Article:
With its hefty energy import bill and high inflation, Turkey is an obvious winner from the drop in oil prices, which economists expect to help improve its current account deficit. But will other troubles neutralize the benefit of lower oil prices?
The country’s energy import bill last year of about $50 bn – roughly equivalent to the size of its 12-month running current account deficit – puts Turkey firmly on the right side of the slide in oil prices, which have declined 25 per cent from this year’s peak in June.
But Turkey’s dependence on foreign capital, which makes it particularly sensitive to changes in global liquidity, could offset this advantage. This dependence led Morgan Stanley to put Turkey in its “fragile five” last year. Read more
Turkey should adopt a “sufficiently restrictive” monetary policy to dampen inflation and balance growth or remain at the mercy of uncertain capital flows, the Organisation for Economic Co-operation and Development (OECD) recommended in a report on Thursday.
The report tells a familiar story: Turkey’s dramatic growth in the 2000s was mainly driven by domestic demand and has led to a large current account deficit and external debt. This leaves the economy vulnerable to turmoil in global financial markets as was seen in 2013 and earlier this year.
But the tightening is unlikely to come soon. Last month Turkey’s central bank opted to cut rates by 75 basis points to 8.75 despite inflation being almost twice the bank’s 5 per cent target.
If market consensus is correct, Turkey’s central bank will raise interest rates on Tuesday evening. It’s an issue that has gripped investors, partly because of the opacity of Turkish monetary policy over the past central years. But putting the mechanics to one side, what would be the impact of tighter monetary conditions on Turkey’s economy?
Beyondbrics has taken a look. Read more
This week, Turkey reported better than expected growth figures. But Thursday, it came out with worse than expected current account figures – a $5.8bn deficit for July, compared with an expected $5.5bn or so.
So the phenomenon widely seen as the Turkish economy’s biggest Achilles heel – the deficit that makes the country deeply reliant on foreign funds – is still stubbornly large. This at a time when foreign resources are expected to be in much less bountiful supply, due, among other factors, to the prospect of US Federal Reserve tapering its monthly bond buying programme. Read more
In these days of increased scrutiny of emerging markets, it is always important to keep a close eye on the most telling numbers about an individual economy.
One such figure came this week, when Turkey reported a higher than expected rate of growth for the second quarter – 4.4 per cent, compared with expectations of 3.5 per cent or so. There were other stories tucked away in the data – notably the importance of household consumption, state spending and inventory building in boosting demand, even as private sector investment declined. But overall the news was certainly a fillip to the government in a difficult economic environment. Read more
It looks like a case of whiplash Thursday for Turkey.
Ankara is looking to stave off a decline in the lira and avoid a rise in interest rates – and all that entails for growth prospects and the prime minister’s denunciations of a shadowy interest rate lobby. Developments this week have made things even harder. Read more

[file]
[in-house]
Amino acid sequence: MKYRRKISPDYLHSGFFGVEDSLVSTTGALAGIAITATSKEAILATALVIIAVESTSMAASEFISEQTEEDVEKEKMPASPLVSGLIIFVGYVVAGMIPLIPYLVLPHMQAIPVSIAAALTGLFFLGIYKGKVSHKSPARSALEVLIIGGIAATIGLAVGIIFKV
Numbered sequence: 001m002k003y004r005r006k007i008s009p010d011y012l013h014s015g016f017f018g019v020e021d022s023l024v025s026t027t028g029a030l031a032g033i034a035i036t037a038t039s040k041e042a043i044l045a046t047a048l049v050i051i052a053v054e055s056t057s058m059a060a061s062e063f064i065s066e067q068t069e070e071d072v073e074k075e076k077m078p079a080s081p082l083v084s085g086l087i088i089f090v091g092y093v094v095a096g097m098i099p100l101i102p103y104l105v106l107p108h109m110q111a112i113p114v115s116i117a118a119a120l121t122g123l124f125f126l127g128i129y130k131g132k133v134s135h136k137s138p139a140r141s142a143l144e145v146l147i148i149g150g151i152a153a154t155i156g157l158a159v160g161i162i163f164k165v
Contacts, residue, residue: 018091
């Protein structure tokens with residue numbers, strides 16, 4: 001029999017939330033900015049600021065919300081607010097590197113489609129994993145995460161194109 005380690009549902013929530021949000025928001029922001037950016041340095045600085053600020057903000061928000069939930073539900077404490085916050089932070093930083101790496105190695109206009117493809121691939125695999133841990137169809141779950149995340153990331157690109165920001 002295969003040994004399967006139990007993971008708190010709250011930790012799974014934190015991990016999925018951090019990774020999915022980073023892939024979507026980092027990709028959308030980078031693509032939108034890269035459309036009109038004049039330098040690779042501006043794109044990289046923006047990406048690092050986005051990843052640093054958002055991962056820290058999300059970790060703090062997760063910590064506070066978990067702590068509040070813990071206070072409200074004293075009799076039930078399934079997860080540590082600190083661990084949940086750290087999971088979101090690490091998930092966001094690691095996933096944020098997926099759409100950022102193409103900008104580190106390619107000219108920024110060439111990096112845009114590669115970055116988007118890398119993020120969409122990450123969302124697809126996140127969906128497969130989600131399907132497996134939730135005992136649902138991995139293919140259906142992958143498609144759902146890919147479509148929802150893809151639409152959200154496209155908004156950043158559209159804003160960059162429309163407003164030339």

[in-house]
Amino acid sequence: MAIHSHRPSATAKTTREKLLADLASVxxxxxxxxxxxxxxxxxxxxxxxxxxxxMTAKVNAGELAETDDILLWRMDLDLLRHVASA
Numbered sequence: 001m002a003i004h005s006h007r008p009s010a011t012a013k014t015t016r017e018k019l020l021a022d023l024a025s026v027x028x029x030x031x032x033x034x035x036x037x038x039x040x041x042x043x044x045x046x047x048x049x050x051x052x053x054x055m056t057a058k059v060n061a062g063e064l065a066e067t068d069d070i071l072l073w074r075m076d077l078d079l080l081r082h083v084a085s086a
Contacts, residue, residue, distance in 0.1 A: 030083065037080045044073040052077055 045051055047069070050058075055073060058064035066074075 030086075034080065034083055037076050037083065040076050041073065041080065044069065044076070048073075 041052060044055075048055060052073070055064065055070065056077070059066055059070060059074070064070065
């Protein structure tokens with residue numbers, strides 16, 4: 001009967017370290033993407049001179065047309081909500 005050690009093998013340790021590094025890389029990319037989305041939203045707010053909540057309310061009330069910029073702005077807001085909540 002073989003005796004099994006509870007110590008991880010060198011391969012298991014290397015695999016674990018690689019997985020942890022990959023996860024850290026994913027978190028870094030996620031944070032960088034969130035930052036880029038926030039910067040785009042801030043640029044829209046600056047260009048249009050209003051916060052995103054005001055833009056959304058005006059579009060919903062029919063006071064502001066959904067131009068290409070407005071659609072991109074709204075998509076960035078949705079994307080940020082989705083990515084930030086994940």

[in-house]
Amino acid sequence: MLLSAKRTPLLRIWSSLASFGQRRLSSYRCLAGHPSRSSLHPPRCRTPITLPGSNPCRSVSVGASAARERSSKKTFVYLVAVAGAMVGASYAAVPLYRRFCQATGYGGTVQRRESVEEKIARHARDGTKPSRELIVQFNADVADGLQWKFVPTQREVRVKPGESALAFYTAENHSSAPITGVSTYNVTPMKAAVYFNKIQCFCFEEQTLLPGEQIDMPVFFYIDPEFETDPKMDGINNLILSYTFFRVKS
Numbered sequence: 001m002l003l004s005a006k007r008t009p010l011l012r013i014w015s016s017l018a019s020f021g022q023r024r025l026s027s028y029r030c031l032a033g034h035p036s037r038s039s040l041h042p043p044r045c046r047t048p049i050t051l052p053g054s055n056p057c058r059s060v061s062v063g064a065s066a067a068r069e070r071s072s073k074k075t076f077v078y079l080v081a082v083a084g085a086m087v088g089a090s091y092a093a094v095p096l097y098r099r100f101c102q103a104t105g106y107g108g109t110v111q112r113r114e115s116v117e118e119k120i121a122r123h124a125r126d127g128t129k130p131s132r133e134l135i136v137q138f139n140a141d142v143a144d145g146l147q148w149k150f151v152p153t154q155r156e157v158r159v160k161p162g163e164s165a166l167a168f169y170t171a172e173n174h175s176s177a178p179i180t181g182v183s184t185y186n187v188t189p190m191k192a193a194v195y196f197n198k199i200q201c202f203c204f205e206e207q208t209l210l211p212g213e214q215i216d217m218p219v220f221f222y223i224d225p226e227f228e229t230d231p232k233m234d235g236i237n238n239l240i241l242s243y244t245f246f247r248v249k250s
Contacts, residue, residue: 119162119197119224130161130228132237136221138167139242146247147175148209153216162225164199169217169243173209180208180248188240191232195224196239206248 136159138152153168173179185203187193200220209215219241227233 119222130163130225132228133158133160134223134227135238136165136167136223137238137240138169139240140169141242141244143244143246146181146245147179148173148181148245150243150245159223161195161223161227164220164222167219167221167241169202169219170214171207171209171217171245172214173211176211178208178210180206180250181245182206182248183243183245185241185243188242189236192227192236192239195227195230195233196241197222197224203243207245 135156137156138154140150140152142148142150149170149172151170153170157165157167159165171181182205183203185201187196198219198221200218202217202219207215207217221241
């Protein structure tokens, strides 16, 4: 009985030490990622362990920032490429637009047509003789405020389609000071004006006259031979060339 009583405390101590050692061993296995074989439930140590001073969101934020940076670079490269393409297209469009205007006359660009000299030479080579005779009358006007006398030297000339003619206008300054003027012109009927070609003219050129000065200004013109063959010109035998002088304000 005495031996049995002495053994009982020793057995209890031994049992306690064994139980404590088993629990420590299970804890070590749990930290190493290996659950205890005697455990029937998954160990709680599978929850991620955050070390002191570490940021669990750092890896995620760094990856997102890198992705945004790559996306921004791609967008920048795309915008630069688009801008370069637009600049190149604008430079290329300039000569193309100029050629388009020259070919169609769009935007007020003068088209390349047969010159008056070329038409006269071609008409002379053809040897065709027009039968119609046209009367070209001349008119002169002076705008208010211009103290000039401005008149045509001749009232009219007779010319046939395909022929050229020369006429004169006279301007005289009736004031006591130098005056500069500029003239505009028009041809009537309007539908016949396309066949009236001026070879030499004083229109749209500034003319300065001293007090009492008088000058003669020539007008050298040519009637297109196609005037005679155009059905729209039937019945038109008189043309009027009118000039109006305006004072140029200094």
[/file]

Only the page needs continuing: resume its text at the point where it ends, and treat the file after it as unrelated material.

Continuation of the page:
So is this where Turkey ends up? Balance of payments figures out on Tuesday show that the country had a $5.6bn current account deficit for the month of January.
While broadly in line with expectations that seems to confirms a pattern some may find unsettling: a year of big falls in the deficit has come to an end, and the still hefty monthly total is overwhelmingly financed by portfolio funds rather than foreign direct investment. Read more
That was quite a drop.
Turkey’s current account deficit, seemingly all but out of control in 2011, plunged in 2012. According to central bank statistics released on Wednesday, the total fell from $77.2bn in 2011, just about the highest in the world outside the US, to $48.9bn last year. Read more
Turkey is borrowing at the cheapest rates in its history, as demand for the country’s debt continues to push yields down for both foreign and domestically denominated issues.
On Wednesday, the country’s treasury said it had issued $1bn in long-term dollar-denominated debt at its lowest ever cost: just 4.352 per cent yield for a 29-year bond. It came as benchmark two-year domestically denominated debt also broke new records, reaching yields of 5.7 per cent – more than 500 basis points down for the year so far. Read more
Turkey on Thursday reported its 10th successive monthly decline in the current account deficit, raising hopes that the country is achieving results in efforts to put its volatile economy on a more stable footing.
The deficit narrowed in August to $1.2bn, its lowest since 2009 and well below market forecasts of $1.6bn, making the cumulative deficit for the year $36.1bn versus $54.2bn for the same months last year. It’s all enough to have analysts looking forward to a possible credit re-rating – and promotion to investment grade. Read more
News that Turkey succeeded in trimming $2bn of its current account deficit (CAD) in May might sound like cause for celebration.
But while a reduction in cumulative CAD from $69bn to $67bn between April and May has been greeted warmly by analysts none are under any illusion that it represents a final turning of the corner. Read more